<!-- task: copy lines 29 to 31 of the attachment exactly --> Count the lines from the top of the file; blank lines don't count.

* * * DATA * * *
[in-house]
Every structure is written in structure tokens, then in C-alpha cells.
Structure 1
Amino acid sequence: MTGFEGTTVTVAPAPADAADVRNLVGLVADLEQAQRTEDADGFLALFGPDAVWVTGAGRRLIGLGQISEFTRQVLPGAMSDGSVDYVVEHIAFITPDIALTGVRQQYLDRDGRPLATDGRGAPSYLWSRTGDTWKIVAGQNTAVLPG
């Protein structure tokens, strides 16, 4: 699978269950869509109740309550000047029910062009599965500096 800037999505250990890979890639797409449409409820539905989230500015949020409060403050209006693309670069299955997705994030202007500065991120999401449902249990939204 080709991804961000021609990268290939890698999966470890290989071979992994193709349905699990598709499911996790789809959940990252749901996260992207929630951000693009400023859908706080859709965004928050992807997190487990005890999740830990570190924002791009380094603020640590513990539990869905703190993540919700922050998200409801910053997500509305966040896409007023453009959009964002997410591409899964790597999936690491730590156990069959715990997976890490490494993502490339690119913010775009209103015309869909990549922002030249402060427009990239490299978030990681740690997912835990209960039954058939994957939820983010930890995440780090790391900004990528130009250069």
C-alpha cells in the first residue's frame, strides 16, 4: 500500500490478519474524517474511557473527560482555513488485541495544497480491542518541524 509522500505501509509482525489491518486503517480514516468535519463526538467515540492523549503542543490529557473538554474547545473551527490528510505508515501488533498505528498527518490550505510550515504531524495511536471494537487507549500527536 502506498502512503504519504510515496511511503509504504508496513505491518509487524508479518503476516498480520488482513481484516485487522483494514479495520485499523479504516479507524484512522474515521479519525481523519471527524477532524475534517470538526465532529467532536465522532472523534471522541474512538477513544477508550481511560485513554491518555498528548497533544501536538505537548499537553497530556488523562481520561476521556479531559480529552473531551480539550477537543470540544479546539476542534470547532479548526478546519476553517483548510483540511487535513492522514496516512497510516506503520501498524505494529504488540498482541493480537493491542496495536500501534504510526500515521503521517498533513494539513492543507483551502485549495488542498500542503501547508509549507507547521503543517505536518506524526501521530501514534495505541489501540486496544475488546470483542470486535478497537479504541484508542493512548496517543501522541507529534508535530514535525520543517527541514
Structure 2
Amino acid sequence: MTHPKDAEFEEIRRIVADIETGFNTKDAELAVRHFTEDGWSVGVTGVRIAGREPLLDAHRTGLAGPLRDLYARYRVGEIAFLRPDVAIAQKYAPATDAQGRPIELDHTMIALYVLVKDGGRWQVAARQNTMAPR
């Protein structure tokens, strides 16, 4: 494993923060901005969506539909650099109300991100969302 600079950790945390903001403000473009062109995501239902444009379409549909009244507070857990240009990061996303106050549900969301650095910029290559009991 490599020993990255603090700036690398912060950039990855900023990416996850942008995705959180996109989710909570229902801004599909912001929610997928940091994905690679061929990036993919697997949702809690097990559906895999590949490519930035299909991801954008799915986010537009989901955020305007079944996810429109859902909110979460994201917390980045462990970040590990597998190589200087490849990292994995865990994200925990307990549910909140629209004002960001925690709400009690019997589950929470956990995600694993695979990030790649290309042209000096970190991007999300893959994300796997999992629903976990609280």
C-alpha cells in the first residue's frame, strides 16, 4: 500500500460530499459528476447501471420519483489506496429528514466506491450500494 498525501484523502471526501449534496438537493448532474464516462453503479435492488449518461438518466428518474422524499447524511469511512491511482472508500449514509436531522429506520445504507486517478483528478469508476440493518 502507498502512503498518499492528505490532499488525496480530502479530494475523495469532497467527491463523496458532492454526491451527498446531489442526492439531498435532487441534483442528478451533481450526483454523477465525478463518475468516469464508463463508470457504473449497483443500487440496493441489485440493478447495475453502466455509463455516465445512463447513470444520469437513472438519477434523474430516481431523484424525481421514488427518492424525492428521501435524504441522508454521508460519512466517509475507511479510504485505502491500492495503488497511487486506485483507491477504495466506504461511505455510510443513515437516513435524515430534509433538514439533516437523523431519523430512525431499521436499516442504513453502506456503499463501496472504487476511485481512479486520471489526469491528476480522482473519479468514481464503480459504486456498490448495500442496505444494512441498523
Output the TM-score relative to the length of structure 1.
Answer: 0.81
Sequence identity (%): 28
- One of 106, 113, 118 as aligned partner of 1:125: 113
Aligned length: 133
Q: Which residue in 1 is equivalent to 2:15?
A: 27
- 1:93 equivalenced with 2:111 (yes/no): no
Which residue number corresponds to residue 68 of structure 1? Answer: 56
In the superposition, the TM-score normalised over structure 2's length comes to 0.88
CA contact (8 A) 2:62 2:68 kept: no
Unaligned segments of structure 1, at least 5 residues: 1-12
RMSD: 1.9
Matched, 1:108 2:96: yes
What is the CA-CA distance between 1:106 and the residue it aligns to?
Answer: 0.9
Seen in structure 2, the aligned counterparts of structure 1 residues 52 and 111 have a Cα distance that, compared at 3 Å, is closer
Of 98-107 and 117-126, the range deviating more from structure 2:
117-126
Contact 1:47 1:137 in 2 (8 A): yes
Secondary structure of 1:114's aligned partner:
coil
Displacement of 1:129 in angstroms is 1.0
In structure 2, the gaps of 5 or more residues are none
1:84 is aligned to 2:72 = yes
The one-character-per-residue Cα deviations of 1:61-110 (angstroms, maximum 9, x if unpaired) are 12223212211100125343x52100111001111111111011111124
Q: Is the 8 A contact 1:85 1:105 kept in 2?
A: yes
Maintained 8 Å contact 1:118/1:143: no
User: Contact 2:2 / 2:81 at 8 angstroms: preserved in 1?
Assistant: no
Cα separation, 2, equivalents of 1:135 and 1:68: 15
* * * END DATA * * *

117-126
Contact 1:47 1:137 in 2 (8 A): yes
Secondary structure of 1:114's aligned partner: